I learned quickly that with Amy it was going to be a battle of the wills. She vs. me. The panda bear versus the inept special education teacher. Well, Amy, I'm not going down without a fight. And that's exactly what happened every single day from the cafeteria to the classroom, Amy and I would fight. It'd be 8:45 in morning and there we'd be fighting against each other to get to the classroom. I'd pull, she'd pull back. I pushed, she pushed back. Some days I tried picking her up, but that always ended in her kicking and eventually wiggling out. She was a willful child; I'll give her that.

I hated those mornings. By “those” I mean the 180 mornings that I fought with Amy. Well, at the very least 90. I would dread mornings with Amy, get physically ill thinking about fighting her all the way to the classroom. Some days I would call out sick, just because the mere thought of fighting her was too much to bear, or should I say panda bear.

Some mornings, there'd be Ms. Sunshine and her perfect class of kindergarteners all in a line, and there would be me and Amy tussling around. Me, sweating up a storm; Amy, kicking, punching, screaming, and crying. You would think I was beating the child. It was embarrassing to say the least. That's when I would get another look of condescension. "Oh, you poor thing, you don't know how to control your students." Yeah, sure, you try controlling this thing. This Amy monster panda bear thing. Just try, I give you five minutes and you'll be screaming for your precious general education students. Your so-called "normal" kids. Uggh.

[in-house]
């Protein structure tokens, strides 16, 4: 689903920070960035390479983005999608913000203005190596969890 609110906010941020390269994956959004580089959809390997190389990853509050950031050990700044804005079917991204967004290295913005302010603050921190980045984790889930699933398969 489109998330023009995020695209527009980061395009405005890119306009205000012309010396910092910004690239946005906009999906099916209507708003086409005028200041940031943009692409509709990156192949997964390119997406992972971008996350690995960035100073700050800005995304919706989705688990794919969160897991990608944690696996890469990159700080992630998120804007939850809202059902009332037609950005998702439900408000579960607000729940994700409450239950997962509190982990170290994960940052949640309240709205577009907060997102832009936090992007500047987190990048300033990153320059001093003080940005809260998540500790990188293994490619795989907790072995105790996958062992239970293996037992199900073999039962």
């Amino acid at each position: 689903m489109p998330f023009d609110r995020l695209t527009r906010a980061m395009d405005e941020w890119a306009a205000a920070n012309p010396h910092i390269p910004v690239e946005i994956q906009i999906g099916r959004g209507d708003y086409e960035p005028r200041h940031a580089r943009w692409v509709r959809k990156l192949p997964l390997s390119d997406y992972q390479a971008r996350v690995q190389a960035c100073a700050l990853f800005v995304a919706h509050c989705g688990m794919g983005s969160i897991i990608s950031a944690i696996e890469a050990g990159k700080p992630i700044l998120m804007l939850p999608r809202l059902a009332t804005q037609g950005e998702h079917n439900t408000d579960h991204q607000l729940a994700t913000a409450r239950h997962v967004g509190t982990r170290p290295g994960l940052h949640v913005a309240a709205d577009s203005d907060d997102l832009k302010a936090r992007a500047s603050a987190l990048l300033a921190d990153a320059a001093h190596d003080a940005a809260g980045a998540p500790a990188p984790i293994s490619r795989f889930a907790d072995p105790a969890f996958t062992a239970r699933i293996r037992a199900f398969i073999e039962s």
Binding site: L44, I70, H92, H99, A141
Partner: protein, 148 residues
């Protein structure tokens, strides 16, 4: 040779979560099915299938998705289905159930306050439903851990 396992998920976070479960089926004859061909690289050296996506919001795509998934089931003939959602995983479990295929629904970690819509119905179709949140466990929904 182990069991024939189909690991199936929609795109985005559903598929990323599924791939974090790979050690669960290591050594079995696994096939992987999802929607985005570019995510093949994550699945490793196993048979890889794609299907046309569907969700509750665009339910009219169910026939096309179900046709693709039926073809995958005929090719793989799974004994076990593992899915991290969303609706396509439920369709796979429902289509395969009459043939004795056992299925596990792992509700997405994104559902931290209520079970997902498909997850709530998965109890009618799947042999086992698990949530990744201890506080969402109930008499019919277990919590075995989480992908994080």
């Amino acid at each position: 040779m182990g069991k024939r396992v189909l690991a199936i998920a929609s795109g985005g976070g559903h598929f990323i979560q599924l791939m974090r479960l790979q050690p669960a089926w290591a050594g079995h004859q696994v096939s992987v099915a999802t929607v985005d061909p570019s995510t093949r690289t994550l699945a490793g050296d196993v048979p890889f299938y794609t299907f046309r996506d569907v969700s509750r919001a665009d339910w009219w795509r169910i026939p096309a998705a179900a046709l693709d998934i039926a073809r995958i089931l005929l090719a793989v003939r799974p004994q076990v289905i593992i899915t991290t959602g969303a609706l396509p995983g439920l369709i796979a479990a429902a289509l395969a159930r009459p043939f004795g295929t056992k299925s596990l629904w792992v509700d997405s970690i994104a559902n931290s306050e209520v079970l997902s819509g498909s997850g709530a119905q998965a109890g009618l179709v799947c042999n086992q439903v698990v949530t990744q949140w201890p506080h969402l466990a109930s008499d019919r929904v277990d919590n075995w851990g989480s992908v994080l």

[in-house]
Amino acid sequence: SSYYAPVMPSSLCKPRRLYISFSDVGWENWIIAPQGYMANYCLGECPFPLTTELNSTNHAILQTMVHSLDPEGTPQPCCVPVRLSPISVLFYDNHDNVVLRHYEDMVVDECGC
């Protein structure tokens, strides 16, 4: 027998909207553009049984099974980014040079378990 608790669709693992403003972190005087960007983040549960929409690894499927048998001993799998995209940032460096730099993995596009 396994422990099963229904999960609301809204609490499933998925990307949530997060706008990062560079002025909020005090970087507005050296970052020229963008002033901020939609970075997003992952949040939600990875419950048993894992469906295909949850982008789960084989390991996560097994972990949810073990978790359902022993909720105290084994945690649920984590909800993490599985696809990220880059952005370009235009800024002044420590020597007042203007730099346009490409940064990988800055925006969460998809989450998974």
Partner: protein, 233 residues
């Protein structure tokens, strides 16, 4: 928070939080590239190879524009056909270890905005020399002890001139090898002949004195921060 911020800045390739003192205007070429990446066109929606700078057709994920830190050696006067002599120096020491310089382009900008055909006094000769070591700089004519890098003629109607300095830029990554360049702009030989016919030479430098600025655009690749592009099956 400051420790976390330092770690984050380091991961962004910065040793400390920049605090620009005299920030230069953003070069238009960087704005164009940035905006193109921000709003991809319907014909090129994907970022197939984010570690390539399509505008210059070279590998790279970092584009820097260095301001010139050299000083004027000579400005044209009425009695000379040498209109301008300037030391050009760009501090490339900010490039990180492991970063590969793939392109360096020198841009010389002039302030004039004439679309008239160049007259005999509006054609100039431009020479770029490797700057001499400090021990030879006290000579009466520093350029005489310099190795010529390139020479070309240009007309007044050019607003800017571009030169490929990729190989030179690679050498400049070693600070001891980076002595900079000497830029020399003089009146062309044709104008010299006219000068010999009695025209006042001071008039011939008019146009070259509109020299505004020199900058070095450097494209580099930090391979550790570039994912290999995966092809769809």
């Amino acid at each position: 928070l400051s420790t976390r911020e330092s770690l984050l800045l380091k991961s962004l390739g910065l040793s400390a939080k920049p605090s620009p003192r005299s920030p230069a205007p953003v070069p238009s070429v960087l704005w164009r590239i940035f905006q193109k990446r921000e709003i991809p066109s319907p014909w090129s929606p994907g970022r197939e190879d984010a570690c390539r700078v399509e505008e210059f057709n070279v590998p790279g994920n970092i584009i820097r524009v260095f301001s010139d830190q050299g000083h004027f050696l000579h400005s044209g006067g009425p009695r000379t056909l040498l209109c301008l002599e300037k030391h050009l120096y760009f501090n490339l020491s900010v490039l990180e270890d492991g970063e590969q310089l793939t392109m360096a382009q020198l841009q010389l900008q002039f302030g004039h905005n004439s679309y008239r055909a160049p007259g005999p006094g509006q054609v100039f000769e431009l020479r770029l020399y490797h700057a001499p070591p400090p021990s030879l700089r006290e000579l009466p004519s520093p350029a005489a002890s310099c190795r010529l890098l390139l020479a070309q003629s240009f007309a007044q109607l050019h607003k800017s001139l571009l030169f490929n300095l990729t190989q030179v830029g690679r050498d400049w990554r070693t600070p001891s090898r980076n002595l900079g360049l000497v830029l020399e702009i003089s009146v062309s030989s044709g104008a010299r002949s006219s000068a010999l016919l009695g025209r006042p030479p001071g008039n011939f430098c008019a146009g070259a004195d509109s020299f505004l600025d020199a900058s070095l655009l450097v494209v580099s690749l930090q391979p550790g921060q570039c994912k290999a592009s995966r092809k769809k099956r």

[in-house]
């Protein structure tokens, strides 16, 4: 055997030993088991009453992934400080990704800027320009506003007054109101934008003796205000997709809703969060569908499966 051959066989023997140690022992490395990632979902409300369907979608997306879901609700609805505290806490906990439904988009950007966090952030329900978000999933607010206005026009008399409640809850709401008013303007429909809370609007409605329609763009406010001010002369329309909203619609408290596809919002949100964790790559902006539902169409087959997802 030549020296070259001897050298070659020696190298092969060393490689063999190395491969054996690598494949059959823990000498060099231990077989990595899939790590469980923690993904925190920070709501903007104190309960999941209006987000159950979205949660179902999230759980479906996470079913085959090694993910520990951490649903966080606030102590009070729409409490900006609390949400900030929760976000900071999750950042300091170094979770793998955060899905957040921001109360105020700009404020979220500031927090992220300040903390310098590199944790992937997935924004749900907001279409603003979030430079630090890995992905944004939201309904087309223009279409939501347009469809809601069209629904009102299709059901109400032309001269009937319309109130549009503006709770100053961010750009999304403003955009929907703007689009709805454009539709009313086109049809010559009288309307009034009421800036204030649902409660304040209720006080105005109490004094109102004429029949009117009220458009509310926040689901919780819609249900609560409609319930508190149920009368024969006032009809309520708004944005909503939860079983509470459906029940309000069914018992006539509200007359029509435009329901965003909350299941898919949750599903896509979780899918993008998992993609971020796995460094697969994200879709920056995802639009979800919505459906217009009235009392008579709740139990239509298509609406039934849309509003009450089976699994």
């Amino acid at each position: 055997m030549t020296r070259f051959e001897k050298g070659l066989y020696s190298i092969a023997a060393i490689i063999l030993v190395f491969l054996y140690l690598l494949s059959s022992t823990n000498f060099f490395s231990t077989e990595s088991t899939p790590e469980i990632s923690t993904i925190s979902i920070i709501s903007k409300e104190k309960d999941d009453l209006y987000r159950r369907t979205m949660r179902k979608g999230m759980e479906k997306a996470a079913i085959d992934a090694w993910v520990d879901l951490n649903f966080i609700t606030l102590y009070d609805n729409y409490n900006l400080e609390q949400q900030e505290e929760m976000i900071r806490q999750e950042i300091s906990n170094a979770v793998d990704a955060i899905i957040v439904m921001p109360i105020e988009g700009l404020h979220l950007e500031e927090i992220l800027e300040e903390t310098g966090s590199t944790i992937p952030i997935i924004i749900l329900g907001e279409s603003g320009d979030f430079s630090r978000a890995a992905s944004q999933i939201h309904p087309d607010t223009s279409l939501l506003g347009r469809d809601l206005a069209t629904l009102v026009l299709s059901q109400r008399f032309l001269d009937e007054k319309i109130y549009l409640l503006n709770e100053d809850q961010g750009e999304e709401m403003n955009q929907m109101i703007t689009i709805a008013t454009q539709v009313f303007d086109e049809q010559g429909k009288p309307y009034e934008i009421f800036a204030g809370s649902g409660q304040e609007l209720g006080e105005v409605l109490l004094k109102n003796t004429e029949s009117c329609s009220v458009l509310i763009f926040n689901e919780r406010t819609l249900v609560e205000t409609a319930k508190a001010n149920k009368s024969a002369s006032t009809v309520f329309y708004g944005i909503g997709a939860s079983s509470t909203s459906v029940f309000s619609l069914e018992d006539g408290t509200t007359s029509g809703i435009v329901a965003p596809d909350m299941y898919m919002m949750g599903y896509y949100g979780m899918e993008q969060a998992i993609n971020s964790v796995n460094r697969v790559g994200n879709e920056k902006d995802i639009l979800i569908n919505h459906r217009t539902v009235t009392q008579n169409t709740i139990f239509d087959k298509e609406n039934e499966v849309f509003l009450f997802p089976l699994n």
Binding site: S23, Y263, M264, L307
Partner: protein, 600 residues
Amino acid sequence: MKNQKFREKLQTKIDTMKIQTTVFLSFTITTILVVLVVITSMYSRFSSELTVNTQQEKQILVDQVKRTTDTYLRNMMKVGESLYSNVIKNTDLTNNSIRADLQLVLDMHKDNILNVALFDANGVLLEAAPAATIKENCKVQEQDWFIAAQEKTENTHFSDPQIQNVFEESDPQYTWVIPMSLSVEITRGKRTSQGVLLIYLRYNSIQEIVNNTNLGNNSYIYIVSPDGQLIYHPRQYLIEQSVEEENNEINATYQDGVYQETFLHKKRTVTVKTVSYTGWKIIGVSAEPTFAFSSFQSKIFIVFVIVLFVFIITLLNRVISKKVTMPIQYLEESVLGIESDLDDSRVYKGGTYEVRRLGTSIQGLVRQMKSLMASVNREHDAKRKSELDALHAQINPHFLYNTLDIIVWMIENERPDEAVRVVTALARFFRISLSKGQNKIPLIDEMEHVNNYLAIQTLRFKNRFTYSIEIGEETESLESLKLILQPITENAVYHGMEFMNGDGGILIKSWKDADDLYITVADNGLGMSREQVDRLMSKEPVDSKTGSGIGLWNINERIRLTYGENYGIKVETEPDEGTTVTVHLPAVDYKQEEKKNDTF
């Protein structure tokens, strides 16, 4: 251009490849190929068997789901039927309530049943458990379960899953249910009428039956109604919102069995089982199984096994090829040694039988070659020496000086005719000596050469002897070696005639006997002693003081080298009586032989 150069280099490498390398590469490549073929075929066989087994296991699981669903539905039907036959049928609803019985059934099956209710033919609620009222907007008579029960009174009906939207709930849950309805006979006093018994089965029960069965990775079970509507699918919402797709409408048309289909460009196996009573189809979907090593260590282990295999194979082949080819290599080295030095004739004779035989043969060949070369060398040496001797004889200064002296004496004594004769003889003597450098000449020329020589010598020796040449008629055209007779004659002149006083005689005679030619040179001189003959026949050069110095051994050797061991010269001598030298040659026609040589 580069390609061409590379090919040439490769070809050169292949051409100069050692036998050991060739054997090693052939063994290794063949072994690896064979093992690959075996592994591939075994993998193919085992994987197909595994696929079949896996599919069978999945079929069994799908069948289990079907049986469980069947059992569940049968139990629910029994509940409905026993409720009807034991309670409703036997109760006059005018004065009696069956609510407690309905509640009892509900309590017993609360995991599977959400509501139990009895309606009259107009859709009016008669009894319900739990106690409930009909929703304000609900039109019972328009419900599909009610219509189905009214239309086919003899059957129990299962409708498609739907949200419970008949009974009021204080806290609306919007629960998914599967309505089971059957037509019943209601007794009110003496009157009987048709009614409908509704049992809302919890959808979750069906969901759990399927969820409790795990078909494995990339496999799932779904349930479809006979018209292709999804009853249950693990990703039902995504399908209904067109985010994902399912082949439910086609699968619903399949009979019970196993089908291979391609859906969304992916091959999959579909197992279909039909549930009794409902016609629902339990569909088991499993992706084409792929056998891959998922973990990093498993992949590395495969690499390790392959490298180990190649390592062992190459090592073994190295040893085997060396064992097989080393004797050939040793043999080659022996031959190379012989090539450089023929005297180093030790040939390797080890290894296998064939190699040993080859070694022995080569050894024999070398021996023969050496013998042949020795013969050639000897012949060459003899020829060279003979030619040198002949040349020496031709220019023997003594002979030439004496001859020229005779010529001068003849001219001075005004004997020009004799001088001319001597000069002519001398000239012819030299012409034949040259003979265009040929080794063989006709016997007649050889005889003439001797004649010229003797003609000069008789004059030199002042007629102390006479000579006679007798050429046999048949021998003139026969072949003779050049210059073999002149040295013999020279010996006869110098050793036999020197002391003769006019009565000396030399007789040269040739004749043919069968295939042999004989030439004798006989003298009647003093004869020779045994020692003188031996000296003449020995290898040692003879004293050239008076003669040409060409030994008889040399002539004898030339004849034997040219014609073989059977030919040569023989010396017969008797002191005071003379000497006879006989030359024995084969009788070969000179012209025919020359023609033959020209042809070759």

So, that's how our tumultuous relationship started. Amy ended up being my very special, my very favorite student that year. But it took awhile to know and understand her. She had to get used to me, had to trust me. I would also have to trust her and believe that in some strange way she would change my life.